One expected blood and gore, at least if one has read the poem, but the wenching and the naked bodies were stilted and gratuitous. Beowulf fighting Grendal sans clothing could have been a golden moment if the director had been a little less modest, but the objects thrown into view to shield our male hero's proof of masculinity got to be so comical that the entire scene became ludicrous. For gosh sakes, show all or get the man a loin cloth, don't play maiden aunt censor!

The concept was excellent--just the kind of idea that would play well in a Senior English class--hero who goes out to build his legend at the expense of truth, then finds himself forced to step into the words and become the image he has created. There's some really fine depth there, using the events that the poem hyperbolizes to explain the poem that emerged. Unfortunately, neither the director, nor the writers, nor the actors were able to breathe life into the concept, and the movie became a lost thing trying to find its voice.

Poor movie.

Friday, February 22, 2008

The Fifth Element, Yeats, and the Second Coming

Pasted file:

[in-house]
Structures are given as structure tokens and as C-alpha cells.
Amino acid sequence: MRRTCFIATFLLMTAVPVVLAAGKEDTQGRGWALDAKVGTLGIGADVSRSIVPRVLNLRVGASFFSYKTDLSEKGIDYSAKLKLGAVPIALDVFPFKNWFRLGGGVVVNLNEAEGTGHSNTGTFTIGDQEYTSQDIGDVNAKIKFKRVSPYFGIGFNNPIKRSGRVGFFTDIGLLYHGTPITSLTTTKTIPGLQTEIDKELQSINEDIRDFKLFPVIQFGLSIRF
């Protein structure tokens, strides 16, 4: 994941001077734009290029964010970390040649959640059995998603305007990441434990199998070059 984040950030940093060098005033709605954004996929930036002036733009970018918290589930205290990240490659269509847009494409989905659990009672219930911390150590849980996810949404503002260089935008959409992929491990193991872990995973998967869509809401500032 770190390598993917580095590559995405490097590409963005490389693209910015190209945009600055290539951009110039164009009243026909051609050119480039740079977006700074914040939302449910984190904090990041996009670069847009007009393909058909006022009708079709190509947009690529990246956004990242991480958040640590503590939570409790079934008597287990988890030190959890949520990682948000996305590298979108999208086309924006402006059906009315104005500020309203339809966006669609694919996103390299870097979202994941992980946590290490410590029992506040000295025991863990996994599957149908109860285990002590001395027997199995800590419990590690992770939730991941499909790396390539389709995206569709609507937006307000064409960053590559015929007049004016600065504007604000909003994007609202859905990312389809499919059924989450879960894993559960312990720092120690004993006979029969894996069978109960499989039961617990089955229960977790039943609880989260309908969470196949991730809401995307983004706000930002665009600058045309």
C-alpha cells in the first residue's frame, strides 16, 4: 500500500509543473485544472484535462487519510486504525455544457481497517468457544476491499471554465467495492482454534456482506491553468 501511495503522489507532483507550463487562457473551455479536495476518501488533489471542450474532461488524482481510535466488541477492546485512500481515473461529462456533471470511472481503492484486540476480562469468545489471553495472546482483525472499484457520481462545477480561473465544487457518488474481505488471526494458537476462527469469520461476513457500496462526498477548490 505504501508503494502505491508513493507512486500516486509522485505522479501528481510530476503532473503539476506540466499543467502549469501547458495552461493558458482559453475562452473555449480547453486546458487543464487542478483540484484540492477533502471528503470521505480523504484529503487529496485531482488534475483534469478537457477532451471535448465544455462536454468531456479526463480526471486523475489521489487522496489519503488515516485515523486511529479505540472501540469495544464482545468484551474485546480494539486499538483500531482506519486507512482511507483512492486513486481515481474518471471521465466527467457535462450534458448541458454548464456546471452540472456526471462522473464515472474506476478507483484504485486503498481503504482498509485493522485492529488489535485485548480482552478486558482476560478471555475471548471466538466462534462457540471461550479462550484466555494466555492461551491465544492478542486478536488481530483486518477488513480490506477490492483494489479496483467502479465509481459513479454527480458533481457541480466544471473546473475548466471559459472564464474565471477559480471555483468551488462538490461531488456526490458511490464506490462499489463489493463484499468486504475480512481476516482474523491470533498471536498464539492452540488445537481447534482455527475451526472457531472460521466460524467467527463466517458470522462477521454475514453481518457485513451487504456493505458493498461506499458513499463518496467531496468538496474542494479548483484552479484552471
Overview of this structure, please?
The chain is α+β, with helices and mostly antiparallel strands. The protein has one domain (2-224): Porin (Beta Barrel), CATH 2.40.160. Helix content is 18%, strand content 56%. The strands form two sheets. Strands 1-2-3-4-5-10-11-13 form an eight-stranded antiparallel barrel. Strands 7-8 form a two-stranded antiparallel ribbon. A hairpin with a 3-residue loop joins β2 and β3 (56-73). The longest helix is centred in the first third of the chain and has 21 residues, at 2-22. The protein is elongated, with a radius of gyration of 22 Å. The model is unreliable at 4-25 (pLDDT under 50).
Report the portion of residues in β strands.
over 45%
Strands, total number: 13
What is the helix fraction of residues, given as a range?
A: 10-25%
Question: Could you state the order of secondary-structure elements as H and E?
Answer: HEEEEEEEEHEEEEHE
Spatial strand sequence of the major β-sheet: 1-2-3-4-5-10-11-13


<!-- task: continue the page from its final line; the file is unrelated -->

Who would have thunk it?

The Fifth Element campy send-up of the save-the-world genre is closet poetics, putting on the heavy overcoat of W.B. Yeats' darkly prophetic poem, "The Second Coming." No dry, existential propaganda piece, The Fifth Element galumps its way through a world gone techno-crazy 300 years in our future and gives us Bruce Willis at his rough-hewn, tough guy with soft interior best. Ex-military cab driver, Willis picks up a fare that drops in out of the sky and turns out to be the Spiritus Mundi, the element of spirit that carries all memory and activates earth, fire, water, and air.

The race against time to save the world from the slouching beast, the dark expanding mass that proceeds toward earth to swallow up all life forever is peopled with comic-pop characters both good and evil that bring life and laughter to the sci/fi formula.

I had no intention of watching this movie, but my insightful critic friend insisted, and I am richer for it.

Watch this! It's fun.